Things I Stopped Doing On My Desktop

by Veronica Domeier Originally published at

It’s been over a year now and there are several things I stopped doing on my desktop.

A few years ago I uninstalled the desktop Twitter app and I haven’t looked back since. Knowing that I could not be distracted by the becoming call of that little icon was huge. It was nice to not feel the pressure to open up the app and try to keep up with all the incoming tweets, while simultaneously trying to focus on whatever project I was working on at the time. I only allowed myself to check Twitter on my iPad or phone from that point on. Which meant I had to physical take my hands aways from my keyboard or mouse to do this.

It was a small thing but it helped keep me on track. To this day I have zero social media apps installed on my desktop. Last year, this got me to thinking what else should I stop doing on my desktop? So I looked for other distracting habits that kept me from focusing on the task at hand.

Here are a few more things I stopped doing:

  • I stopped watching Netflix. I am someone who genuinely works better with noise, so often times I would play a movie or a documentary on Netflix in the browser while I worked. Usually, something I had already seen so I wasn’t distracted by what’s going on, but it was distracting when I would stop to take a break and start watching what ever was playing. Even for just a few minutes, it changed my focus. So now, Netflix only gets streamed to the living room tv when I’m ready to actually watch a movie and give it my full attention.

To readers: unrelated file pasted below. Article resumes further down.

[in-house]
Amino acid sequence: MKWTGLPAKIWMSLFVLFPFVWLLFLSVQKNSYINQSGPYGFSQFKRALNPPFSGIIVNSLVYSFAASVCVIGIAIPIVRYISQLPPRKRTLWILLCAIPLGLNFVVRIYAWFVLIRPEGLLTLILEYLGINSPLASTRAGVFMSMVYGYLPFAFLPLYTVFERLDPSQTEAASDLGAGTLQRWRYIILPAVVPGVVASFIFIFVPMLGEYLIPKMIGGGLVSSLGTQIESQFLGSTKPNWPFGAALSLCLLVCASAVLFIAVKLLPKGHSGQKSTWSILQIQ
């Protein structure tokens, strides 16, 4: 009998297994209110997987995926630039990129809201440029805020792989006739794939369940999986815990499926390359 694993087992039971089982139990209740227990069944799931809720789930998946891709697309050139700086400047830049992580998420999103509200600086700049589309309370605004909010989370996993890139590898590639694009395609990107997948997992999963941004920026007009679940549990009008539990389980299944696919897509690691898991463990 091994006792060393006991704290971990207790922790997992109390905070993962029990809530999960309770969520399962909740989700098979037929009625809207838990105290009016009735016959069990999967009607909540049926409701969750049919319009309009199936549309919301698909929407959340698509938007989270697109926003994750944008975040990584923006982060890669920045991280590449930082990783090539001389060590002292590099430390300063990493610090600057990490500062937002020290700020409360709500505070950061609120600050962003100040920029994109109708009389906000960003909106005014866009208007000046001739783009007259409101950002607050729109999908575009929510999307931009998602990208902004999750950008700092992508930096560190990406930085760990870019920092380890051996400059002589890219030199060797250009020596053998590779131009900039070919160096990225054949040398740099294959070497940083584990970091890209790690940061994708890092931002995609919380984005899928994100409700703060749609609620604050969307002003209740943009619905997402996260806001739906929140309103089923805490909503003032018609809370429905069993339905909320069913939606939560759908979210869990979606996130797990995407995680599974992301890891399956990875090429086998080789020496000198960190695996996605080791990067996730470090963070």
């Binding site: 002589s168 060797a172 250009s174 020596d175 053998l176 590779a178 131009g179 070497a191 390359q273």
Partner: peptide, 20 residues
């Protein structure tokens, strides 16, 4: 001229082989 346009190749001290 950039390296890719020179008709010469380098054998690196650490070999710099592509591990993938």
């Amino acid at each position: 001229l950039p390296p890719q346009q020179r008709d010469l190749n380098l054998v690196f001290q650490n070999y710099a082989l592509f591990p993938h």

• I stopped leaving my internet browser window(s) open. It’s a small thing really. And something most people probably do, honestly I didn’t realize how distracting is was until I stopped doing it. I often had several browser windows open at once, all competing for my attention with the “let me just check this one thing real quick while I’m thinking about it.” syndrome. The only reason I was even thinking about it was because I saw it.
  • I stopped reading articles. Yes, I will refer back to articles on my desktop through bookmarks or Instapaper but only after I have read them in full, and only as a reference or to copy/paste the article link or quote into an article I’m working on. I no longer read entire articles on my desktop. This one is more of a personal preference for me. I enjoy reading article more on my iPad or even my phone (in landscape mode). And because of this preference it has made not wanting to sit and read articles at my desk much easier. If I come across something I am interested in reading, without thinking twice I save to Instapaper for later and move on.
  • I stopped checking email. I know this may sound crazy to some of you, but it wasn’t that big of a leap for me. The year before I stopped checking email first thing in the morning — it’s just not productive and it often got my mornings started off on the wrong foot. So I sent out a notice to all my clients letting them know I would only be checking and responding to emails twice a day. Once mid-morning or before lunch and once mid-afternoon around 4pm. I went into much more detail on the merits of this decision with them and thankfully no one pushed back on it. But then I found once I have my email open and after handling all client related emails, I would inadvertently start opening non-work related email that had come in — and since it was ’time’ to check emails this was ok too. It was these non-work related emails; newsletters or someone sharing a link usually, that would inevitably lead me down the rabbit hole that is the internet. An hour would go by before realizing it and shutting the browser down. Email fail.

I wanted my desktop to be a place of serious work. Knowing that once I got to this point in my workflow it was time to really focus and get it done.

And it seems to be working for me. Not only did I deliver better client work last year, I wrote more than I ever have before, I published more blog post, I wrote an ebook, and I shared more of my personal work online than in previous years.

Feel free to share your thoughts with me on this, what have you stopped doing at your computer? Reach out on Twitter too.

Thanks for reading!